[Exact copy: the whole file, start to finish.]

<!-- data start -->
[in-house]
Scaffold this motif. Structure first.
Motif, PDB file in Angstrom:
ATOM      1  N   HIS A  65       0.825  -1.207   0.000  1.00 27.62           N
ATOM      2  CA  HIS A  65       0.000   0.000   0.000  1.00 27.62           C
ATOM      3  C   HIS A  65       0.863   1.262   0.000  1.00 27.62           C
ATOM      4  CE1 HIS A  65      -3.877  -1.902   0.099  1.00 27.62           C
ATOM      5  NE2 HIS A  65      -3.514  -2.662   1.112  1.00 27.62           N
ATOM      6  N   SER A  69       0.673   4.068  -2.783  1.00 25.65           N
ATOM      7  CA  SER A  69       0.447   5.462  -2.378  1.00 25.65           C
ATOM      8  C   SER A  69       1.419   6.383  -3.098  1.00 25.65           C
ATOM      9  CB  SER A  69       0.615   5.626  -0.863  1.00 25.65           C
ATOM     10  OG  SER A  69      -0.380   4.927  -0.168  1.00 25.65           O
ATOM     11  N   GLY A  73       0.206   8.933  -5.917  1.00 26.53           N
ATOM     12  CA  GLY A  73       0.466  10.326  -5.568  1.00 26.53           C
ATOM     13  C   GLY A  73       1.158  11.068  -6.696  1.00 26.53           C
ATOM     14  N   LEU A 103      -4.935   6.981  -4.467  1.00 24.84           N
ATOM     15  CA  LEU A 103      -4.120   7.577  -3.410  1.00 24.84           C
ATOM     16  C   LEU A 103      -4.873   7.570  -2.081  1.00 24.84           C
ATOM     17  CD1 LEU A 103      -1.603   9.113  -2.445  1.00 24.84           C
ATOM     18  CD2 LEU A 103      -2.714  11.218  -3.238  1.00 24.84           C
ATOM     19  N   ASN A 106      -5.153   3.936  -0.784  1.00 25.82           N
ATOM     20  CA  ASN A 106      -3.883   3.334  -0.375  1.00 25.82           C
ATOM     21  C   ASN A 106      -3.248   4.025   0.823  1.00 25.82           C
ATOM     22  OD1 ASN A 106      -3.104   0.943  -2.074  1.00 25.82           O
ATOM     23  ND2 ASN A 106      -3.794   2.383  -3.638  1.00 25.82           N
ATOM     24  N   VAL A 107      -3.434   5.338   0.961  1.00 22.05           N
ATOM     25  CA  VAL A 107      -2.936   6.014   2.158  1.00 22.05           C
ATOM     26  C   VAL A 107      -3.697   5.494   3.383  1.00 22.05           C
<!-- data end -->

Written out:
[in-house]
Scaffold this motif. Structure first.
Motif, PDB file in Angstrom:
ATOM      1  N   HIS A  65       0.825  -1.207   0.000  1.00 27.62           N
ATOM      2  CA  HIS A  65       0.000   0.000   0.000  1.00 27.62           C
ATOM      3  C   HIS A  65       0.863   1.262   0.000  1.00 27.62           C
ATOM      4  CE1 HIS A  65      -3.877  -1.902   0.099  1.00 27.62           C
ATOM      5  NE2 HIS A  65      -3.514  -2.662   1.112  1.00 27.62           N
ATOM      6  N   SER A  69       0.673   4.068  -2.783  1.00 25.65           N
ATOM      7  CA  SER A  69       0.447   5.462  -2.378  1.00 25.65           C
ATOM      8  C   SER A  69       1.419   6.383  -3.098  1.00 25.65           C
ATOM      9  CB  SER A  69       0.615   5.626  -0.863  1.00 25.65           C
ATOM     10  OG  SER A  69      -0.380   4.927  -0.168  1.00 25.65           O
ATOM     11  N   GLY A  73       0.206   8.933  -5.917  1.00 26.53           N
ATOM     12  CA  GLY A  73       0.466  10.326  -5.568  1.00 26.53           C
ATOM     13  C   GLY A  73       1.158  11.068  -6.696  1.00 26.53           C
ATOM     14  N   LEU A 103      -4.935   6.981  -4.467  1.00 24.84           N
ATOM     15  CA  LEU A 103      -4.120   7.577  -3.410  1.00 24.84           C
ATOM     16  C   LEU A 103      -4.873   7.570  -2.081  1.00 24.84           C
ATOM     17  CD1 LEU A 103      -1.603   9.113  -2.445  1.00 24.84           C
ATOM     18  CD2 LEU A 103      -2.714  11.218  -3.238  1.00 24.84           C
ATOM     19  N   ASN A 106      -5.153   3.936  -0.784  1.00 25.82           N
ATOM     20  CA  ASN A 106      -3.883   3.334  -0.375  1.00 25.82           C
ATOM     21  C   ASN A 106      -3.248   4.025   0.823  1.00 25.82           C
ATOM     22  OD1 ASN A 106      -3.104   0.943  -2.074  1.00 25.82           O
ATOM     23  ND2 ASN A 106      -3.794   2.383  -3.638  1.00 25.82           N
ATOM     24  N   VAL A 107      -3.434   5.338   0.961  1.00 22.05           N
ATOM     25  CA  VAL A 107      -2.936   6.014   2.158  1.00 22.05           C
ATOM     26  C   VAL A 107      -3.697   5.494   3.383  1.00 22.05           C